Dolphins 35, Bills 8: Three Good And Three Bad

MIAMI GARDENS, FL - NOVEMBER 20: Receiver Stevie Johnson #13 of the Buffalo Bills is defended by Cornerback Vontae Davis #21 of the Miami Dolphins at Sun Life Stadium on November 20, 2011 in Miami Gardens, Florida. (Photo by Marc Serota/Getty Images)

God bless Peter King. His ability to remain objective while writing less than 24 hours after the last Sunday game is remarkable. It's difficult to view games in an objective, unemotional way that soon after the finals are tallied. I deliberately wait until Monday night to write, giving me time to digest Sunday's game. I do this in an attempt to remain objective, and not get too high or low. King is obviously a better writer.

The Bad
Miscues. The Buffalo Bills put on a clinic on how to ensure a loss. Receivers dropped two passes that ended up in the arms of the Miami Dolphins, charged as interceptions to Ryan Fitzpatrick. The offense went 0-for-12 on third down, and 0-for-2 on fourth down. The Bills were uncharacteristically 0-for-3 in the red zone, and the normally sound special teams unit had a punt blocked. Adding insult to injury, Andy Levitre couldn't get the ball to Fitzpatrick in the shotgun, contributing to four Buffalo fumbles, though none were lost. This also kept Fitzpatrick out of sync while attempting to field the snap. Overall, Buffalo beat themselves far more than Miami beat the Bills - and Miami played pretty well.

Receivers. I'm usually not a big believer in Colin Cowherd theories. He's maintained for weeks that he didn't buy into Buffalo's success because they didn't have a lot of large-school, high-round picks on the team. For the most part, I think his opinion is not well-researched and mostly a hunch. In context of the Buffalo receivers, though, I think his point is well taken. The "Goon Squad" hasn't covered themselves with glory in the past three weeks. David Nelson has gotten open in spurts, but hasn't been the target he was in September. Donald Jones isn't getting open, and Brad Smith has been ineffective. Buffalo's best receiving options right now are Scott Chandler and Fred Jackson, and neither player is the type you want at the top of the receiving box score while trying to establish a vertical passing game. Steve Johnson's injuries aren't helping, but this group isn't getting open.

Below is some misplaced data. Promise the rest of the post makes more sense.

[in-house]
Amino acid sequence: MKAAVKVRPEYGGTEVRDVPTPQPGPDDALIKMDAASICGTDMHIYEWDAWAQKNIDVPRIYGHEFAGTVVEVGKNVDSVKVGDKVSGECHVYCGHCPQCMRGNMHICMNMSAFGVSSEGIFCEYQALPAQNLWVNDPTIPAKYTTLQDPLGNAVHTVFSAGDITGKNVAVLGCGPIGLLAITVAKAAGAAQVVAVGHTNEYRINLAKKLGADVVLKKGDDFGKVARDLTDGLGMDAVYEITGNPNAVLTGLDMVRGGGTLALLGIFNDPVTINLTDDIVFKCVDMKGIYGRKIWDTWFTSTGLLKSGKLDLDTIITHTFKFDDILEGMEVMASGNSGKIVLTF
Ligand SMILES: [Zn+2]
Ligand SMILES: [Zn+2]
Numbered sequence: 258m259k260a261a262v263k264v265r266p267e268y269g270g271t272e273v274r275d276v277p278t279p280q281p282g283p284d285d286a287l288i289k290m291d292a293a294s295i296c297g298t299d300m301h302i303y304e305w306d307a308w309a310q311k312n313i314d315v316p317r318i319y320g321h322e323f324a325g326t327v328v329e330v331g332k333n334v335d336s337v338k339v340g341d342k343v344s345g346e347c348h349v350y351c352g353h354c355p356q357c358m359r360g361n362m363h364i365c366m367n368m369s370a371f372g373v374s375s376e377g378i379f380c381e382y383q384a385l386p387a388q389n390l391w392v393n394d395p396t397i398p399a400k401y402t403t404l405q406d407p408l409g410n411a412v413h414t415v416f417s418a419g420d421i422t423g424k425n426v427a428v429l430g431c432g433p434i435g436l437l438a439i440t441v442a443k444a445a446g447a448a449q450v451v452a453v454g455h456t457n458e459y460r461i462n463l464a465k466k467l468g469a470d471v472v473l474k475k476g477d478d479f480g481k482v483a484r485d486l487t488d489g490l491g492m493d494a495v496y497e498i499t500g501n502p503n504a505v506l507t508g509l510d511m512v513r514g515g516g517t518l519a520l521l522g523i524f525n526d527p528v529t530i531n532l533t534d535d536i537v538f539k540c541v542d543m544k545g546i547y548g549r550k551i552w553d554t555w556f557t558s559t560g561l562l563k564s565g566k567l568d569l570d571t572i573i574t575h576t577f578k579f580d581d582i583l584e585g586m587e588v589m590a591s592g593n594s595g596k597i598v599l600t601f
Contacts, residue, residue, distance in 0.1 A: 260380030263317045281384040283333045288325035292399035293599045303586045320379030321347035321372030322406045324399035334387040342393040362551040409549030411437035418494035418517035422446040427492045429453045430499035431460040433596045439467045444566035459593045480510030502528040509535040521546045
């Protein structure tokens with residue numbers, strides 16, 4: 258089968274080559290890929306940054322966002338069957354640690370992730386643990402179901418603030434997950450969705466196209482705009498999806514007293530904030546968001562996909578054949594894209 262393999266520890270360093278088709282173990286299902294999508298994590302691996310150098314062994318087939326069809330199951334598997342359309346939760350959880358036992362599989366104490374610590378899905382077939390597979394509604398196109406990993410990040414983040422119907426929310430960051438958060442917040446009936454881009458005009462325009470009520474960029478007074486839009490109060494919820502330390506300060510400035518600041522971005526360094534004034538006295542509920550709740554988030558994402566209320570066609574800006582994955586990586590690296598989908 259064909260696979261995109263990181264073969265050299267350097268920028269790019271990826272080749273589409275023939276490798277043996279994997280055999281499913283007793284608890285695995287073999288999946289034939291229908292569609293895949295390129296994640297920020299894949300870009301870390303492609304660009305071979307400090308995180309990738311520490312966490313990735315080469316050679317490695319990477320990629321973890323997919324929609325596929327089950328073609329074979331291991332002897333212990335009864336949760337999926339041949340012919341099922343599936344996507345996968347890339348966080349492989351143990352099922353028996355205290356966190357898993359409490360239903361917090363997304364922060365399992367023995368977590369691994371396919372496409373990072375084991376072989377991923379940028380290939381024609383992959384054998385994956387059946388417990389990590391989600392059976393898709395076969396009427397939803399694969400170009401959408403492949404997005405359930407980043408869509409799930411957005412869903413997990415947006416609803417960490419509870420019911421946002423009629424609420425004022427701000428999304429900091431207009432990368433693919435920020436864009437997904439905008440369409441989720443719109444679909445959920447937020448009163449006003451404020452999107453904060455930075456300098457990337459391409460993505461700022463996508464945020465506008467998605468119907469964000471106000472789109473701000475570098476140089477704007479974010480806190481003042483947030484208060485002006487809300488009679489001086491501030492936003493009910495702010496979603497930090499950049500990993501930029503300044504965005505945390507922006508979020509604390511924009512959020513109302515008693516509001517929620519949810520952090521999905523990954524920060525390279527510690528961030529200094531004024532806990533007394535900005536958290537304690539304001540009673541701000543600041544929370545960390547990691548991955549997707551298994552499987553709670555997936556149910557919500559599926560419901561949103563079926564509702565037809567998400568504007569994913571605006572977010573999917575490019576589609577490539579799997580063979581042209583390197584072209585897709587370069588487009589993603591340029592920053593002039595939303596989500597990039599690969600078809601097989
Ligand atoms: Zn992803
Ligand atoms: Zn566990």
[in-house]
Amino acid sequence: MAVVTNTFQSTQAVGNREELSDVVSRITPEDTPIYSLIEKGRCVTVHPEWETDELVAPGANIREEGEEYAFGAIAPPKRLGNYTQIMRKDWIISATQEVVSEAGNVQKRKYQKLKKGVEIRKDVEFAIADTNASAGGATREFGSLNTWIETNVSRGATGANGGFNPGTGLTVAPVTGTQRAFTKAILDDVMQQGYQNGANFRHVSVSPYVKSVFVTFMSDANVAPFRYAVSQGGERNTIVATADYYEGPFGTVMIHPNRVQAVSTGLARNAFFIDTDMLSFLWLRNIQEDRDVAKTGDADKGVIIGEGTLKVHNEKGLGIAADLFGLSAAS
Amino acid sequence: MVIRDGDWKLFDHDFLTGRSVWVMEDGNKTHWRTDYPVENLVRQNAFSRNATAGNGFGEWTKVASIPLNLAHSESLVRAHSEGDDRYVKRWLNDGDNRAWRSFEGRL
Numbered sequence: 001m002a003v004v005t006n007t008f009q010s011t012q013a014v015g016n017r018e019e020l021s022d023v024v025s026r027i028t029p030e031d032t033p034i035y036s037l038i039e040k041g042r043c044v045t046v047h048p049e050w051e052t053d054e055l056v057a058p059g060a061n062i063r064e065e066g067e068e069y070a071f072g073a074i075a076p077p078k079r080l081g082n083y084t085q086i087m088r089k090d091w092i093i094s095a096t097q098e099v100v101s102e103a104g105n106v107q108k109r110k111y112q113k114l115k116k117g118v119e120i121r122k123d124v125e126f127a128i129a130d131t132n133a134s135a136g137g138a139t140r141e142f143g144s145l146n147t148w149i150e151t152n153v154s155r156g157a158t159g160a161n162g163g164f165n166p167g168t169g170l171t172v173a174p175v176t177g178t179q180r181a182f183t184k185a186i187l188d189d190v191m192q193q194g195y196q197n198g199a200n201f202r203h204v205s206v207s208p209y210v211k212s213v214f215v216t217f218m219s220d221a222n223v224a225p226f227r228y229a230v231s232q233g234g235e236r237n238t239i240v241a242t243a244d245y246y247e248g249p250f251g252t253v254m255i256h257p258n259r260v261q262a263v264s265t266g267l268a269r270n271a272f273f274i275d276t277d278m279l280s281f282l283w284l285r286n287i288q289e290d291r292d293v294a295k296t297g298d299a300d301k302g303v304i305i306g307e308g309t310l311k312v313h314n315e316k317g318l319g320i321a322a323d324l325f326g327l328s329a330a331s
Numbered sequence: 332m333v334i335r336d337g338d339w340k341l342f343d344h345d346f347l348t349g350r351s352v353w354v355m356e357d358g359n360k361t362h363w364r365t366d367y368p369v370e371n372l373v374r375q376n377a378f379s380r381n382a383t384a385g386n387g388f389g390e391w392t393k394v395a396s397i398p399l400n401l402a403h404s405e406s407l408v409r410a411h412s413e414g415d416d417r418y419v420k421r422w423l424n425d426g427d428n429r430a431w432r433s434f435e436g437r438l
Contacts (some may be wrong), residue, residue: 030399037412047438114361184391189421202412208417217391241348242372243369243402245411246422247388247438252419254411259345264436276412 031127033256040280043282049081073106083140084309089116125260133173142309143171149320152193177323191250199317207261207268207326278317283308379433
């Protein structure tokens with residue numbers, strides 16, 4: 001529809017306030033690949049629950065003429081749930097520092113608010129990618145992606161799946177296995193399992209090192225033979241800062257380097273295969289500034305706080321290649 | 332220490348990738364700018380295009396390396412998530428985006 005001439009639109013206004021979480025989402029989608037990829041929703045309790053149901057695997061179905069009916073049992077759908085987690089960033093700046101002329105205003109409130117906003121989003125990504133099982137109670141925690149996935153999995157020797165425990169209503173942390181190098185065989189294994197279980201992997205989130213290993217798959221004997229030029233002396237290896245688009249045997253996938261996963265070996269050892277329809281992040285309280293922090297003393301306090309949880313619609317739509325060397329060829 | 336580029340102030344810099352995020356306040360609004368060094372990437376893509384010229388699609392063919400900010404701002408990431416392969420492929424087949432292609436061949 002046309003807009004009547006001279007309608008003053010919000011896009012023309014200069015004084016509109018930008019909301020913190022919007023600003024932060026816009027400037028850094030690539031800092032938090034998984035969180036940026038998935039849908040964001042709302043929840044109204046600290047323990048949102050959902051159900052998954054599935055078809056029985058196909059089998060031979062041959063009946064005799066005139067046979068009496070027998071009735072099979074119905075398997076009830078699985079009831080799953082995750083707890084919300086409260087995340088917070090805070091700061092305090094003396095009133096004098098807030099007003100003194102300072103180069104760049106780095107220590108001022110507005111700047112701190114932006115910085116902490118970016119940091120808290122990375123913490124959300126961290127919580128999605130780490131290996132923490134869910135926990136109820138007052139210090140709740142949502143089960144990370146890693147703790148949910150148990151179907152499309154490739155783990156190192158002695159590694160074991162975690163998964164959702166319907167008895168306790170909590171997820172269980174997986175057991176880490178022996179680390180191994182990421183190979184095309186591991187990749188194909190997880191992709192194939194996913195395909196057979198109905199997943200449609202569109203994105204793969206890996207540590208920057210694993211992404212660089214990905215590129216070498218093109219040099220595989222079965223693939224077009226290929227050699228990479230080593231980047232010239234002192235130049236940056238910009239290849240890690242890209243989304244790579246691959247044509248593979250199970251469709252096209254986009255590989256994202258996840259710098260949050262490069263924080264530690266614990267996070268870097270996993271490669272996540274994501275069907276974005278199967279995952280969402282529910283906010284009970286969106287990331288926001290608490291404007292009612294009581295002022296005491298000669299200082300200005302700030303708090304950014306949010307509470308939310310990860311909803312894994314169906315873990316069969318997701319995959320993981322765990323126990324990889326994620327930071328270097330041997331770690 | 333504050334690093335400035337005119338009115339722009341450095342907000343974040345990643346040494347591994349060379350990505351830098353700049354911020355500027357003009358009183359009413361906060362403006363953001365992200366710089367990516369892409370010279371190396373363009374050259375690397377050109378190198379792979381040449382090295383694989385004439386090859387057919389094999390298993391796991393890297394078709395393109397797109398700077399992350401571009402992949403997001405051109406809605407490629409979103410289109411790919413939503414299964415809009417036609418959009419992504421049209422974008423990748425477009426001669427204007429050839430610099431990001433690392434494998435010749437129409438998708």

Ryan Fitzpatrick. Fitzpatrick has proven over the past three weeks that he isn't the next Kurt Warner cinderella story. He's more Matt Cassel. Fitzpatrick is what he is: when given a good running game, protection, and receivers getting open, he'll make the right choices and move the team. He isn't an elite quarterback, nor is he ever likely to be. With everything crumbling around him on Sunday, he crumbled as well. Elite quarterbacks can carry their teams. Fitzpatrick hasn't delivered when his team needed to be carried.

The Good
Rush Defense. Only one positive this week. Buried in the blowouts is that Buffalo's run defense is improving. It should be. It was the team's most glaring weakness for years. Buddy Nix has acquired two defensive tackles, two 3-4 ends, and three inside linebackers in free agency or high in the draft over the past two off-seasons. The commitment of organizational resources is starting to pay off. After factoring out Matt Moore's totals, Miami called 32 runs and gained 93 yards, averaging 2.9 yards per carry. While the Dolphins aren't among the league's rushing juggernauts, they rush for the 14th-most yards per game, gaining 112.3 yards per contest. The league average is 114.3 per game. While Miami's offense was efficient, they didn't get much on the ground, being held 20 yards under their per-game average. Nix built the defense from the football out, and we're starting to see a return on investment.

Outlook
Buffalo has to run the table to make the playoffs. That's unlikely. They've two very tough games on the road against the Jets and the Patriots, and neither game looks winnable. The Bills have winnable games against the Titans, Dolphins and Broncos, all at home. San Diego on the road is a pick'em.

The Bills are probably staring 9-7 or 8-8 in the face. While that's a hard pill to swallow after starting 5-2, it's about right for this team, and realistically, it's a better record than what the talent on the team indicates. Reality is settling in that Buffalo is still in year two of a rebuild, and are at or exceeding expectations. It's up to these Bills to fall in line with this assessment, play worse, or show everyone that they are better than this recent stretch of games, starting Sunday against the Jets.

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